Monday, 23 December 2013

What is Biblical morality? This is an important question, because if we can figure out exactly what it is (or as close as is humanly possible), then we can better adapt to new situations, as well as being able to better show why it should be followed.

In one sense, Biblical morality can be summed up as "that which God commands us to do (or not do)". This may seem like an overly simplistic answer, but it's actually quite literally true. Right and wrong is determined entirely by God's decree. We can see this stated in Romans 5, where Paul says "Therefore, just as sin came into the world through one man, and death through sin, and so death spread to all men because all sinned— for sin indeed was in the world before the law was given, but sin is not counted where there is no law. Yet death reigned from Adam to Moses, even over those whose sinning was not like the transgression of Adam, who was a type of the one who was to come." In particular, look at verse 13, where he says that "sin is not counted where there is no law." What he's saying here is that, without the law to specify what is right and wrong, then nothing would be right or wrong! This perspective on morality is known as objectivism: the belief that right and wrong are determined by a power beyond human control or preference.

I said earlier that that is Biblical morality "in one sense." It's entirely true, but there is more to it. You see, God is logical. He doesn't give commands arbitrarily, for the sake of having commands. To see this, you only need to look at the rest of His creation. Everything has a purpose and a function. Humans are composed of many parts, each of which serves a purpose as part of the whole. (Even some parts that used to be thought of as "junk.") This is seen in every intricate working of the universe, and it must be the same for morality. So, knowing that right and wrong are determined because God decrees it, the next question is: why does He decree these particular commands? Or, to put it another way: why is Biblical morality?

At this point, it helps to look at the classic categories theologians have set the law into (note that these are defined by humans, and thus fallible - not necessarily mistaken, though!) The law is generally divided into Civil, Ceremonial, and Moral.

The civil law was basically the law of Israel used in the common sense of the word. It was equivalent to the laws given by a government, and it was given because Israel had no government of their own. Most people will agree that we don't have to hold to the civil law today, though it, like every other part of the Bible, is worth studying and considering.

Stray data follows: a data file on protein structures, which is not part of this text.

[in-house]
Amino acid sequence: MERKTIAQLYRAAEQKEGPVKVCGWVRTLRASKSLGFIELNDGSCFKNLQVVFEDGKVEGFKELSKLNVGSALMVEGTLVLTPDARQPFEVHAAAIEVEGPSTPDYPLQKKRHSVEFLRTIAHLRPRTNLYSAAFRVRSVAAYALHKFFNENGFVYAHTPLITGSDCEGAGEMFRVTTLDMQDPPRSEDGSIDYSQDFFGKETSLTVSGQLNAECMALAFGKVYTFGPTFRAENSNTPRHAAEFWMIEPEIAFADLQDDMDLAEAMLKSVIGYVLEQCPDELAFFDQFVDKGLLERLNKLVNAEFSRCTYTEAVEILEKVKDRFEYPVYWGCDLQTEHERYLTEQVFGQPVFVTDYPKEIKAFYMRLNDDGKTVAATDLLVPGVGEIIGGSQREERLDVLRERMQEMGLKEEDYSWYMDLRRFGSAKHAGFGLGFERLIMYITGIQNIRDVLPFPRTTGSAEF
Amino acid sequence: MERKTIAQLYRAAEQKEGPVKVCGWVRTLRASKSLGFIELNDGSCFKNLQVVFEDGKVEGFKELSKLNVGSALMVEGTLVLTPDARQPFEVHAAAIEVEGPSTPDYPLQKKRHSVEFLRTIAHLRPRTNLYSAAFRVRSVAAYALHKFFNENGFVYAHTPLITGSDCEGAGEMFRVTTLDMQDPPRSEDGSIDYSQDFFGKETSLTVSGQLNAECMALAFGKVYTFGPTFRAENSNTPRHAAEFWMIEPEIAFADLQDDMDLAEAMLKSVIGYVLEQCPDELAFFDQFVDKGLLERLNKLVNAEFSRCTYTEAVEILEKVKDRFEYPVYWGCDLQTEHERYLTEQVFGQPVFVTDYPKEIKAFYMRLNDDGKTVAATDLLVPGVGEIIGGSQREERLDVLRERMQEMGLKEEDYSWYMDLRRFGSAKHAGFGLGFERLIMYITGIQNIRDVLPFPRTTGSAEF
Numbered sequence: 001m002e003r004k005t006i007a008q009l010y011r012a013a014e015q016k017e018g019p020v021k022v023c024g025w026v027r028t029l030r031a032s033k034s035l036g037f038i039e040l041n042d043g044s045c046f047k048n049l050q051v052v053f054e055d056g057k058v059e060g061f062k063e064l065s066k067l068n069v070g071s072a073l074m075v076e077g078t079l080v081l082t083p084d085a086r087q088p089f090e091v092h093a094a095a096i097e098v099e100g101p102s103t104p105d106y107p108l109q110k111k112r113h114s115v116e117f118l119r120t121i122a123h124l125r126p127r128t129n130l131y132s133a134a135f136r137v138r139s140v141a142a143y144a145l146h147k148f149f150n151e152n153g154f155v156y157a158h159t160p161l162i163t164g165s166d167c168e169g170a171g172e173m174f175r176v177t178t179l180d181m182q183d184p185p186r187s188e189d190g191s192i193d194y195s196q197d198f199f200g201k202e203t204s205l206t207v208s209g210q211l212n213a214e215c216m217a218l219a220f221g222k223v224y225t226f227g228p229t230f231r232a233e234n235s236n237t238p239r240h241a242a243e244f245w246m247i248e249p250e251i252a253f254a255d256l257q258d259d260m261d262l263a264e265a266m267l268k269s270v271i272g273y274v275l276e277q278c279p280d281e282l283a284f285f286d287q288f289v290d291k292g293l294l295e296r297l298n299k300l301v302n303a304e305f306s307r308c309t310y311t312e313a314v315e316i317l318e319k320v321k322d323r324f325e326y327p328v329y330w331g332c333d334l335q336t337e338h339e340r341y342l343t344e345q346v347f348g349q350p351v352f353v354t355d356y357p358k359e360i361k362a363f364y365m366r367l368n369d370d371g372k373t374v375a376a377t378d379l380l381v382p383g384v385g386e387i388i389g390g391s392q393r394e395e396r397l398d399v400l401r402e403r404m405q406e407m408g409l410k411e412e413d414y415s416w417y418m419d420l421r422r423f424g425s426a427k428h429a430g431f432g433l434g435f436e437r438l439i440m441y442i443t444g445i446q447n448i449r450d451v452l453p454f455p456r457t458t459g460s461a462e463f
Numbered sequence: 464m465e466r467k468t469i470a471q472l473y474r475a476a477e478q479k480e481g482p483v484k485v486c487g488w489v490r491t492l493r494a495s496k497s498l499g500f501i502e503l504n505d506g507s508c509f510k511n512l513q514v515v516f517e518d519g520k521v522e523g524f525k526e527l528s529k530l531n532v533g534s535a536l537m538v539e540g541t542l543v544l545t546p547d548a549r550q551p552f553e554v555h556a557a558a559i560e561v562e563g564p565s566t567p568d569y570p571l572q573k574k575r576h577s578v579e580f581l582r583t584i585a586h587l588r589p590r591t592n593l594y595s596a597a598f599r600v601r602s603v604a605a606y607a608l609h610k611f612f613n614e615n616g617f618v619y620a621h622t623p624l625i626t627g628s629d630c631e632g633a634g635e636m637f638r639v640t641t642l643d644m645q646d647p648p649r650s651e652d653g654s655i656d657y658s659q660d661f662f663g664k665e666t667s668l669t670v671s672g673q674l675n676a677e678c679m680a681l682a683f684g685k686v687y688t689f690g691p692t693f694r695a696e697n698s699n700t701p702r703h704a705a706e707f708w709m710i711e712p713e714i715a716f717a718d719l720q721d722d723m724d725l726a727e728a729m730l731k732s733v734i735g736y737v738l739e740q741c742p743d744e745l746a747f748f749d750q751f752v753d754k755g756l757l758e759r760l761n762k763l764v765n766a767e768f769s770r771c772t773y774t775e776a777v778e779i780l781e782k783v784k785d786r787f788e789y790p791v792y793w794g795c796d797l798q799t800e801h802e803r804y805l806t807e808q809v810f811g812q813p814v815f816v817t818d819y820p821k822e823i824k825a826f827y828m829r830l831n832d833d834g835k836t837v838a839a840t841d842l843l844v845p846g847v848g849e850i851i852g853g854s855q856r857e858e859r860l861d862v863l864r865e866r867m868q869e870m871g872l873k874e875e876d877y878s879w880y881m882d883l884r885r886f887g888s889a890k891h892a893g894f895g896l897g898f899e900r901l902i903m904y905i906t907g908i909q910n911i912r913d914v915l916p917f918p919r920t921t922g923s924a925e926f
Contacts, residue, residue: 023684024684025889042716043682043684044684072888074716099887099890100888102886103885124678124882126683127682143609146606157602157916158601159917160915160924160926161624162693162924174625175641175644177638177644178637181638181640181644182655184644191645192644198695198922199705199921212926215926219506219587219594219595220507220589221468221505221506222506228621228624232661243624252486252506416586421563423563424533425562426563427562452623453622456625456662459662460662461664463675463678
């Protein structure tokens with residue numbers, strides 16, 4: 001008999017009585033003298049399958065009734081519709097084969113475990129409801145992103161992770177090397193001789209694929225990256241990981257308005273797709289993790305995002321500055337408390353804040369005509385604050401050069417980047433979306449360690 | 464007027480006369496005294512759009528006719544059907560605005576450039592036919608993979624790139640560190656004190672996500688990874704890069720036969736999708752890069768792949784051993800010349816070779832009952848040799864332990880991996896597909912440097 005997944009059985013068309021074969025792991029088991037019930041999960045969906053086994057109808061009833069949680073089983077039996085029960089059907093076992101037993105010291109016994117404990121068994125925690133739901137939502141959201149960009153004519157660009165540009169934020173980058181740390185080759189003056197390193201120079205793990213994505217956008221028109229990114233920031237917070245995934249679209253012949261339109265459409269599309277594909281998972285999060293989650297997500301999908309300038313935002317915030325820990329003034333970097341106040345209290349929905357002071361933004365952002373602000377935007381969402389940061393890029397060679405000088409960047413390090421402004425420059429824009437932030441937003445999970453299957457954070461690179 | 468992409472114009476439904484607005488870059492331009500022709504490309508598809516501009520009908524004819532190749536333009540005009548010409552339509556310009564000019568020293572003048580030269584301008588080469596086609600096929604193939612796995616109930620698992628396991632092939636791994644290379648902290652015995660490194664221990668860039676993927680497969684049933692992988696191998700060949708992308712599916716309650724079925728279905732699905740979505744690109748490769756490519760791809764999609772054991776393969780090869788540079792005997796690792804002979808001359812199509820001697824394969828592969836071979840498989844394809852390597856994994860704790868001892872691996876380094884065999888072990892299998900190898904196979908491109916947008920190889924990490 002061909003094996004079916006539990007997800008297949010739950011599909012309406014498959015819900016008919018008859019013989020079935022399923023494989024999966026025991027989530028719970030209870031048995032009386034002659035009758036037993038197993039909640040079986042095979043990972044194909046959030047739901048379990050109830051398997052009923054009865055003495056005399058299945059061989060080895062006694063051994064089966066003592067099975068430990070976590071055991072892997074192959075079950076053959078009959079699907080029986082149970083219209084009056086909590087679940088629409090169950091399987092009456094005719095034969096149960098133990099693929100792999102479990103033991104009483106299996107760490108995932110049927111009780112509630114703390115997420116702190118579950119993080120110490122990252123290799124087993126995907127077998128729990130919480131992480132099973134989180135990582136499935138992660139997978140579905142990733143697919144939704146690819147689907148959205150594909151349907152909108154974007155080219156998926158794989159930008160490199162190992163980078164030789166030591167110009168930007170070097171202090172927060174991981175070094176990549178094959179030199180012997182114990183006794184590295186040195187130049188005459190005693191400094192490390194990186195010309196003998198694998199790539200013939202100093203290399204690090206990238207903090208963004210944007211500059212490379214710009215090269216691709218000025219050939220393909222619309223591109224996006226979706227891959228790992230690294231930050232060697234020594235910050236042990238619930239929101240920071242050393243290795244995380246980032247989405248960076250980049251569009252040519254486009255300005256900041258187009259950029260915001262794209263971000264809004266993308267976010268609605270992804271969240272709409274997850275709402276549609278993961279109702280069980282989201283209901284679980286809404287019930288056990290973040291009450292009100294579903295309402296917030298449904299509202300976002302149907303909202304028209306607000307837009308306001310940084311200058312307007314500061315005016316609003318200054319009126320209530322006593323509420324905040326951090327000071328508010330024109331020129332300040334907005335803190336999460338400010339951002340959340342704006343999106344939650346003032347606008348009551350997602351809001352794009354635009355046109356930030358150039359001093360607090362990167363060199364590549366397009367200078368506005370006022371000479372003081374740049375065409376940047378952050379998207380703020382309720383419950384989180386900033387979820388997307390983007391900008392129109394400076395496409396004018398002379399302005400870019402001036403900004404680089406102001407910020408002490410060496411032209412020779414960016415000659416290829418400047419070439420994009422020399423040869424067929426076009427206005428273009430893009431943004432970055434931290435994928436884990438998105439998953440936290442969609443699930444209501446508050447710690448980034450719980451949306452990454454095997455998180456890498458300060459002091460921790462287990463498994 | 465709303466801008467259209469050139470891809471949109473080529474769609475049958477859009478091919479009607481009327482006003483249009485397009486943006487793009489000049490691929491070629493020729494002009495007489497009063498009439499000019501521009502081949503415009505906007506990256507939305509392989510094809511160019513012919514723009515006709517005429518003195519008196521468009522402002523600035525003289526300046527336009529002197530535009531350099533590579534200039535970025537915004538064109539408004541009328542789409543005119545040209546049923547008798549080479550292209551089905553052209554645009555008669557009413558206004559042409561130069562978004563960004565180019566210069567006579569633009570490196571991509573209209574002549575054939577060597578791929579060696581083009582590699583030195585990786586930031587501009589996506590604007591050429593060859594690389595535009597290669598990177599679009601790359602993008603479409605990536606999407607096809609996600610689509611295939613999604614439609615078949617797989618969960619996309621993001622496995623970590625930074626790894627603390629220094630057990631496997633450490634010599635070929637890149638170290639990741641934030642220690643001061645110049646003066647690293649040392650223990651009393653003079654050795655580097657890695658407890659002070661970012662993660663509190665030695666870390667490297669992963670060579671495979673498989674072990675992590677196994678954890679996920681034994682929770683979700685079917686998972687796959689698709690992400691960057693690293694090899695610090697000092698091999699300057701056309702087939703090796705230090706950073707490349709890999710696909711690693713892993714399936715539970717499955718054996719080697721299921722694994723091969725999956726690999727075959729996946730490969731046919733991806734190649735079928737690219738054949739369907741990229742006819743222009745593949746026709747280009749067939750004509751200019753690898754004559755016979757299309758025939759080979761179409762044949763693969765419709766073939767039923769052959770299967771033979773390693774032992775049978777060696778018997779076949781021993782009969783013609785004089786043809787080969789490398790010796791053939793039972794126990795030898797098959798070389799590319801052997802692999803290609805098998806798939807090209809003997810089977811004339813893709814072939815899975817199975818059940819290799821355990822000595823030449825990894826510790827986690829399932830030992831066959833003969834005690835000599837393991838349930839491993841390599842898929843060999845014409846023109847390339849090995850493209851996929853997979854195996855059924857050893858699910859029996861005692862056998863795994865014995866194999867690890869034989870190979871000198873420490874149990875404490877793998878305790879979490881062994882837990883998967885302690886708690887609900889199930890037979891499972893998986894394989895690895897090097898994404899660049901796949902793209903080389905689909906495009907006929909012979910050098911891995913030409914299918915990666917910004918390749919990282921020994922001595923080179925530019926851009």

The ceremonial law served an incredibly important purpose, and yet is also not necessary to follow today, for a very different reason. What it did was foreshadow the coming of Jesus. An excellent book on this can be found in John Sittema's Meeting Jesus at the Feast, which talks about how the feasts and festivals which were ordained in the Old Testament showed Jesus' coming. Since the meaning of this law has been fulfilled, we are no longer required to follow it. This is especially important to know, because people attacking Biblical morality will often use ceremonial laws as examples of how Christians will "cherry-pick" the commands that suit them, by demonstrating our failure to follow seemingly arbitrary or ridiculous commands such as not eating certain foods, or not wearing clothes containing more than one type of fabric. Acts 10 is one of the clearest illustrations of the meaning behind these sorts of commandments being fulfilled.

Finally, there is the moral law. This, too, must have a purpose, but that may be a more difficult question to answer. There are two things which must be considered here: why have a moral law at all, and why these particular commandments?

The first question may seem odd. Why ask why we should have a moral law? To answer this, we need to go back to the previous passage from Romans 5. Looking again at verse 13, we see something interesting. If "sin is not counted where there is no law," then why have a law at all? Without a moral law to break, wouldn't humans be perfect, and all deserving of heaven?

The previous verse, however, seems to disagree. Paul tells us that even without a law, there was still sin in the world. However, it was "not counted." This tells us that sin is something more than disobeying commands, something less tangible. But doesn't this completely change our definition of Biblical morality, if sin is not simply disobeying God's commands? Well, no. But it does necessitate some refinement. Instead of our previous definition, we can say that right and wrong are "obedience to or rebellion against God."

To get an idea of what I mean by this, we should look at Romans 6 (the whole chapter). In this chapter, Paul talks about being slaves to God or sin, right or wrong. He connects sinful acts with slavery to sin, and vice versa, with slavery to God being connected to following His commands. From this, we can see that one leads to another: a sinful nature causes us to sin.

As an example of the distinction between sinful nature and sinful acts, think of a child who has been told to do the dishes by his mother. Though he may do as he has been told, he may still deeply resent his job, and even hate his mother for it. Though his actions do not go against the "law" laid down be his mother, his nature is still rebellious, and if it shows through he may even be punished for it. So there can clearly be a distinction between the nature and the actions, though they are still tied together: because of his rebellious nature, he may refuse to do the dishes, but without it, he would happily comply.